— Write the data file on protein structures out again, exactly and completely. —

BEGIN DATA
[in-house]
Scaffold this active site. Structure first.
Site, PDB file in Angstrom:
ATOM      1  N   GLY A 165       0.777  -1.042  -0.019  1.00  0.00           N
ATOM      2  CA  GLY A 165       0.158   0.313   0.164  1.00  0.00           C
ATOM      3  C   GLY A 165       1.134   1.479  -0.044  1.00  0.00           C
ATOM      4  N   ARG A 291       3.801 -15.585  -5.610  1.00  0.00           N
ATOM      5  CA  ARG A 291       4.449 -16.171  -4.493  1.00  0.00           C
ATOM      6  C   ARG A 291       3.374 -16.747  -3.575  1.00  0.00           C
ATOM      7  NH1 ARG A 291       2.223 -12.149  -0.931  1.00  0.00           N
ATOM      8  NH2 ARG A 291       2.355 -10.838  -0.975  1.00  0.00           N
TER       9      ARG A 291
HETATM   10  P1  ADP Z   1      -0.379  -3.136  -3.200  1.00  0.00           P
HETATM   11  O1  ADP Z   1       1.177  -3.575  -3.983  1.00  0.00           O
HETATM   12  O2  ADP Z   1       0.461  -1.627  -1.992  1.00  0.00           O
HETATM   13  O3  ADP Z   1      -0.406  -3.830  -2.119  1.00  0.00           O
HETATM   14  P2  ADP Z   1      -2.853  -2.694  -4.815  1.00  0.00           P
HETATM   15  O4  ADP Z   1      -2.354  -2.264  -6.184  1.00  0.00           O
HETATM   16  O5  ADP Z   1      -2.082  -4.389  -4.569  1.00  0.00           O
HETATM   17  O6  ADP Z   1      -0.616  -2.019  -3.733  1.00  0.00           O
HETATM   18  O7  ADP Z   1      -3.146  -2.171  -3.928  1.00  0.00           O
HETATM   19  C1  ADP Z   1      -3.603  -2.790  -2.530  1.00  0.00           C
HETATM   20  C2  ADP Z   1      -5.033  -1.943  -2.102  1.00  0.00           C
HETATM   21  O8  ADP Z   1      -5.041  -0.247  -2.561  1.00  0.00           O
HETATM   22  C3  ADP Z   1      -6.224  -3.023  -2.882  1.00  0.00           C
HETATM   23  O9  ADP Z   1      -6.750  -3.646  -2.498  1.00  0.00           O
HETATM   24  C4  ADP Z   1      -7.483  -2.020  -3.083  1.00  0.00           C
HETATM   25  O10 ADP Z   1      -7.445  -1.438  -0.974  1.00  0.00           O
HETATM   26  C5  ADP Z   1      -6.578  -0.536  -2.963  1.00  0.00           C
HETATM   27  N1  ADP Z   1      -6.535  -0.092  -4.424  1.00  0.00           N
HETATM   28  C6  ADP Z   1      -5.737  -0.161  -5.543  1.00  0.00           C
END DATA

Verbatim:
[in-house]
Scaffold this active site. Structure first.
Site, PDB file in Angstrom:
ATOM      1  N   GLY A 165       0.777  -1.042  -0.019  1.00  0.00           N
ATOM      2  CA  GLY A 165       0.158   0.313   0.164  1.00  0.00           C
ATOM      3  C   GLY A 165       1.134   1.479  -0.044  1.00  0.00           C
ATOM      4  N   ARG A 291       3.801 -15.585  -5.610  1.00  0.00           N
ATOM      5  CA  ARG A 291       4.449 -16.171  -4.493  1.00  0.00           C
ATOM      6  C   ARG A 291       3.374 -16.747  -3.575  1.00  0.00           C
ATOM      7  NH1 ARG A 291       2.223 -12.149  -0.931  1.00  0.00           N
ATOM      8  NH2 ARG A 291       2.355 -10.838  -0.975  1.00  0.00           N
TER       9      ARG A 291
HETATM   10  P1  ADP Z   1      -0.379  -3.136  -3.200  1.00  0.00           P
HETATM   11  O1  ADP Z   1       1.177  -3.575  -3.983  1.00  0.00           O
HETATM   12  O2  ADP Z   1       0.461  -1.627  -1.992  1.00  0.00           O
HETATM   13  O3  ADP Z   1      -0.406  -3.830  -2.119  1.00  0.00           O
HETATM   14  P2  ADP Z   1      -2.853  -2.694  -4.815  1.00  0.00           P
HETATM   15  O4  ADP Z   1      -2.354  -2.264  -6.184  1.00  0.00           O
HETATM   16  O5  ADP Z   1      -2.082  -4.389  -4.569  1.00  0.00           O
HETATM   17  O6  ADP Z   1      -0.616  -2.019  -3.733  1.00  0.00           O
HETATM   18  O7  ADP Z   1      -3.146  -2.171  -3.928  1.00  0.00           O
HETATM   19  C1  ADP Z   1      -3.603  -2.790  -2.530  1.00  0.00           C
HETATM   20  C2  ADP Z   1      -5.033  -1.943  -2.102  1.00  0.00           C
HETATM   21  O8  ADP Z   1      -5.041  -0.247  -2.561  1.00  0.00           O
HETATM   22  C3  ADP Z   1      -6.224  -3.023  -2.882  1.00  0.00           C
HETATM   23  O9  ADP Z   1      -6.750  -3.646  -2.498  1.00  0.00           O
HETATM   24  C4  ADP Z   1      -7.483  -2.020  -3.083  1.00  0.00           C
HETATM   25  O10 ADP Z   1      -7.445  -1.438  -0.974  1.00  0.00           O
HETATM   26  C5  ADP Z   1      -6.578  -0.536  -2.963  1.00  0.00           C
HETATM   27  N1  ADP Z   1      -6.535  -0.092  -4.424  1.00  0.00           N
HETATM   28  C6  ADP Z   1      -5.737  -0.161  -5.543  1.00  0.00           C